MEL GIBSON, DIRECTOR: Because I'm passionate about it and because that's what art is and that's what making art is about. It's about sort of throwing it all out there.

BROWN: Many doubted a biblical tale would sell. Many were wrong. Opening weekend the film took in more than $83 million but not without controversy.

ABE POXMAN, ANTI-DEFAMATION LEAGUE: The bad news is the film continues to be shown in its unambiguous manner blaming the Jews, blaming the Jews, the Jews being bloodthirsty, angry, vengeful.

WILLIAM DONAHUE, CATHOLIC LEAGUE: So, for Jewish leaders to speak out, as they have, they're going to show up in concentration camp outfits today and say they're going to be pogroms of the United States is simply irresponsible. It's demagogy and it really smacks of anti-Catholicism to think that Christians are just people out there ready to get the Jews in the street.

BROWN: Beyond the charge that the film would inflame anti-Jewish feeling was the sense among many that it was too violent, simply too bloody.

JIM CAVIEZEL, ACTOR: Many people look at this and say, well, this is gratuitous violence but we don't' see it that way. It's a sacrifice and the greatest sacrifice. This is a love story between a mother and a son.

BROWN: As the outcry over Gibson's depiction of Jews during the crucifixion of Christ continued...

UNIDENTIFIED MALE: Mel Gibson should hang his head in shame.

BROWN: did interest in the film. And, early this morning, as the academy announced its Oscar nominations, the film to date had grossed more than $600 million worldwide. (END VIDEOTAPE)

BROWN: Now add this to the mix. The academy can be famously quirky in its choices for Oscar nominations and "The Passion of the Christ" isn't the first box office wonder to fall short on the Oscar list. Might all of this be nothing more than Hollywood exercising its inexplicable judgment?

We're joined tonight from Park City, Utah by Sharon Waxman. She covers Hollywood for "The New York Times," and is the author of "Rebels on the Back Lot," nice to see you.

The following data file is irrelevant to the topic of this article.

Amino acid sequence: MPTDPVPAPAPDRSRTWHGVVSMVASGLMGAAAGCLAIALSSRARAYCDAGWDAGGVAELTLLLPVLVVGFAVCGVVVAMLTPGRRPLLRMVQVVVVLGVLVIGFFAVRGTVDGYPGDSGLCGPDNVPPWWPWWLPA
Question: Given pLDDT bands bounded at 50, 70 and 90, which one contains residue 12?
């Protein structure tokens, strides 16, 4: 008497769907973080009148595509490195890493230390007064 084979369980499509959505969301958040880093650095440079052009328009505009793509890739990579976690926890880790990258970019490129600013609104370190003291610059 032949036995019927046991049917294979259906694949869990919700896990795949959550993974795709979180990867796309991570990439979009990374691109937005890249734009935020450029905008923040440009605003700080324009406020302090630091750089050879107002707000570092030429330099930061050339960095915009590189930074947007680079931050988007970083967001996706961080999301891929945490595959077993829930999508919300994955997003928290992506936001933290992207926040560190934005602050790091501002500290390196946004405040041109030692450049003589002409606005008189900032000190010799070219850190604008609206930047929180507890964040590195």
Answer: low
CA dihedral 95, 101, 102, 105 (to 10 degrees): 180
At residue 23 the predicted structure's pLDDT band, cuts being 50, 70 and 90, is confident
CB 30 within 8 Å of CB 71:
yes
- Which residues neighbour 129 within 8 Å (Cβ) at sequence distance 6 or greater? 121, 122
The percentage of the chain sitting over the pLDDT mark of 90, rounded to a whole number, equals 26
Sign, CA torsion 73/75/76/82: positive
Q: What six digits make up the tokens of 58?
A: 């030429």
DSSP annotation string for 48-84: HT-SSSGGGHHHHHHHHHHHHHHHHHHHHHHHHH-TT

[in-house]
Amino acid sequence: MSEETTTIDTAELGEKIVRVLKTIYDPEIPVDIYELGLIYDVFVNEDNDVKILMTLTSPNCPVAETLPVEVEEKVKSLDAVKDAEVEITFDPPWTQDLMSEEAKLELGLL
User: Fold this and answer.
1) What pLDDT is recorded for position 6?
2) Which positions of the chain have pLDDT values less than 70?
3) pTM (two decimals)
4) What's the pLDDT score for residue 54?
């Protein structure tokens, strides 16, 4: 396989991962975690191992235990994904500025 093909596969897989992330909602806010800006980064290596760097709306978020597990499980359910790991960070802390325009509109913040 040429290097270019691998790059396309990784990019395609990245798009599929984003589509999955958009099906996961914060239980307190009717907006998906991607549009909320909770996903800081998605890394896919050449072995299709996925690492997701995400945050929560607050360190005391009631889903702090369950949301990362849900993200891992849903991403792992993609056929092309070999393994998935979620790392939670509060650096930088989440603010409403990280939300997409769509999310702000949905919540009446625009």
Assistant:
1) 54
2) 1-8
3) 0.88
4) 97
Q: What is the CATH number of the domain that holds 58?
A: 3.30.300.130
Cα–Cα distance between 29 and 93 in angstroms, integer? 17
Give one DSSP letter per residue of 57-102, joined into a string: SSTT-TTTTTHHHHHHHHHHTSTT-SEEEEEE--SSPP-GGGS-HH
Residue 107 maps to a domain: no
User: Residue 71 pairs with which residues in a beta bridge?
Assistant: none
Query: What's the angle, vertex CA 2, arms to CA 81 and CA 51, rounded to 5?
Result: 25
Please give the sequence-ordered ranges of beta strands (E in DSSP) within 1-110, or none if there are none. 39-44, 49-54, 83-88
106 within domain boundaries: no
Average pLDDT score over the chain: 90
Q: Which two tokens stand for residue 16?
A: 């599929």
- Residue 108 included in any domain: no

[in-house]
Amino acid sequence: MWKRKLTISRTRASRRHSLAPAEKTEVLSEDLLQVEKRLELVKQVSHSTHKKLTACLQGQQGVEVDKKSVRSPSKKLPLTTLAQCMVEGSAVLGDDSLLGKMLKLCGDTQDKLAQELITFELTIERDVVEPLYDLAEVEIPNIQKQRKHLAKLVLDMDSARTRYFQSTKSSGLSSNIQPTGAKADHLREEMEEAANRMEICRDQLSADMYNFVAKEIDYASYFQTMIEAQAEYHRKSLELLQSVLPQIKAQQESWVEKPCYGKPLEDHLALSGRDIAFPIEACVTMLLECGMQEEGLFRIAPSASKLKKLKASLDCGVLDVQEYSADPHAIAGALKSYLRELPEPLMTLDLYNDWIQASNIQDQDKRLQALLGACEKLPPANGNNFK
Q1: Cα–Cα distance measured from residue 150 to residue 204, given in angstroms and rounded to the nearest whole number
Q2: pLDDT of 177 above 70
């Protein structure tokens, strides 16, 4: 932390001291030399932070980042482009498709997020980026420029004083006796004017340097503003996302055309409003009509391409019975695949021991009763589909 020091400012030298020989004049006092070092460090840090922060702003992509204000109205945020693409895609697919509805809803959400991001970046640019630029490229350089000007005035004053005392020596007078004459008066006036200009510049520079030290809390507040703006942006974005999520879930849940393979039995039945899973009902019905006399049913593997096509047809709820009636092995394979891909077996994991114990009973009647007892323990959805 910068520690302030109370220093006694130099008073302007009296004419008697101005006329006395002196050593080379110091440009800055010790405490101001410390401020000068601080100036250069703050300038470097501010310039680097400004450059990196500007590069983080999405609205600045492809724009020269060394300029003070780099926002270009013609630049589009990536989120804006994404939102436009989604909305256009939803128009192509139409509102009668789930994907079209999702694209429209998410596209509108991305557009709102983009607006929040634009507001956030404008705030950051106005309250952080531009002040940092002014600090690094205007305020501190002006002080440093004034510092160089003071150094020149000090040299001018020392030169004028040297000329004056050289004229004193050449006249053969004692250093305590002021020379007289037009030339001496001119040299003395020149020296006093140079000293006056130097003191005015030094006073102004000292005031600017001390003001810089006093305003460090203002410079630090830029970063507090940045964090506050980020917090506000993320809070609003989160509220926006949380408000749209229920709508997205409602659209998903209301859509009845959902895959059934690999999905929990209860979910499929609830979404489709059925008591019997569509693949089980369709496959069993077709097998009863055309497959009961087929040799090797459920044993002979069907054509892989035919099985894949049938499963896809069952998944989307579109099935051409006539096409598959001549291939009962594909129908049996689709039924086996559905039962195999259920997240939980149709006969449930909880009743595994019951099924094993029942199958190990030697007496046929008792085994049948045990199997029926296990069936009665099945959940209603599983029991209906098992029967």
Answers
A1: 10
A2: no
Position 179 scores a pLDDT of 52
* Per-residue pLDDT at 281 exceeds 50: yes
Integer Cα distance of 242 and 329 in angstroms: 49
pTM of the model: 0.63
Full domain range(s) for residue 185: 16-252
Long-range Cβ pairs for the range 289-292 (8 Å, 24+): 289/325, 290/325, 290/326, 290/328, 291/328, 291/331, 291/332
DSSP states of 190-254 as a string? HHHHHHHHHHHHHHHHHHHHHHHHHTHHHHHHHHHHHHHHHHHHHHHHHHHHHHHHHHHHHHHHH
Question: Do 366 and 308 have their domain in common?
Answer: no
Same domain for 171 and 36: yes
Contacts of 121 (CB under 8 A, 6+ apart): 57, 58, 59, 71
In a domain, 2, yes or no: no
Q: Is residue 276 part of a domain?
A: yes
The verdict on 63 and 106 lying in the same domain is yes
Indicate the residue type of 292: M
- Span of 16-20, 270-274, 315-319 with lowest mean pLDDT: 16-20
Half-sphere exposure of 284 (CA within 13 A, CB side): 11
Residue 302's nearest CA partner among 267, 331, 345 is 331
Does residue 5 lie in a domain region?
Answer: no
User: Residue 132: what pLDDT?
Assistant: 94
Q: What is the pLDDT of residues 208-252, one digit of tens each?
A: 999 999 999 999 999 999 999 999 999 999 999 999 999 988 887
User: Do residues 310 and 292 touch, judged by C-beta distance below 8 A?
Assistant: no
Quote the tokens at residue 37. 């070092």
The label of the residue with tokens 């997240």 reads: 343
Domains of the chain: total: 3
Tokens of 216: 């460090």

Let's start with the elephant in the room, if you will. A lot of academy members are Jewish and so could it be that the movie's reputation, the controversy surrounding it, whether it's anti-Semitic or inflames anti-Jewish feeling, impacted whether it got one of the big nominations?

SHARON WAXMAN, "THE NEW YORK TIMES": Well, the Jewish character of Hollywood is probably one of the most sensitive topics that exists in the entertainment industry but I don't know that that really has anything to do with "Passion of the Christ" being overlooked this year for Best Picture.

You know, generally there's not a connection between how a movie does directly at the box office to whether a movie is, in fact, nominated for Best Picture and, in fact, the highest grossing films of the year are not among the Best Picture nominees as a rule.

Of course you have a movie like "Titanic" that breaks that rule but, you know, that's not what the Oscars are about necessarily and, in general, I think that the academy doesn't feel comfortable with controversy and this episode of "The Passion of the Christ" was a very painful one in Hollywood. I mean it really touched a lot of raw nerves and it set off a very painful national discussion.

You could say a healthy one or not but it was not something that Hollywood enjoyed particularly so, you know it's not terribly surprising that "The Passion of the Christ" was not nominated.

BROWN: Just it may help people in understanding this discussion, give an example or two of movies that did great at the box office but were overlooked, if that's the right word, when it came to these nominations?

WAXMAN: Well, the top grossing movies of the year you might have a movie like "Spider-Man 2" was a huge grossing movie and, you know, it was not -- I don't think anyone expected "Spider-Man 2" to be a Best Picture nominee.

And this particularly was not considered to be a year with a lot of strong contenders. This year "The Aviator" appears to have really appealed to the academy and it got eleven nominations this morning.

But it was in the run-up to the nominations there was a lot of debate about whether smaller films, very small films, in fact in some cases, might have a shot and people thought even a movie like "The Incredibles," the Disney CG movie, might have a shot at Best Picture.

In fact, it was nominated in the end for Best Animated Feature but, you know, that's a movie that made hundreds and hundreds of millions of dollars, was critically acclaimed and, you know, didn't get a Best Picture nomination but we're not having a discussion about that movie.

BROWN: No, we're not. Look, Sharon, you're a reporter who writes about Hollywood. You're not a film critic as such. When you talk to critics and they looked at "The Passion," did they see a great film, a great artistic movie?

WAXMAN: I think on the whole critics did not give "The Passion" a ringing endorsement and there were -- I know certainly in my newspaper that it was not a positive review at all. So, I think that there were a lot of -- you know, by the way, there are so many films that are embraced by the public that the critics don't like at all.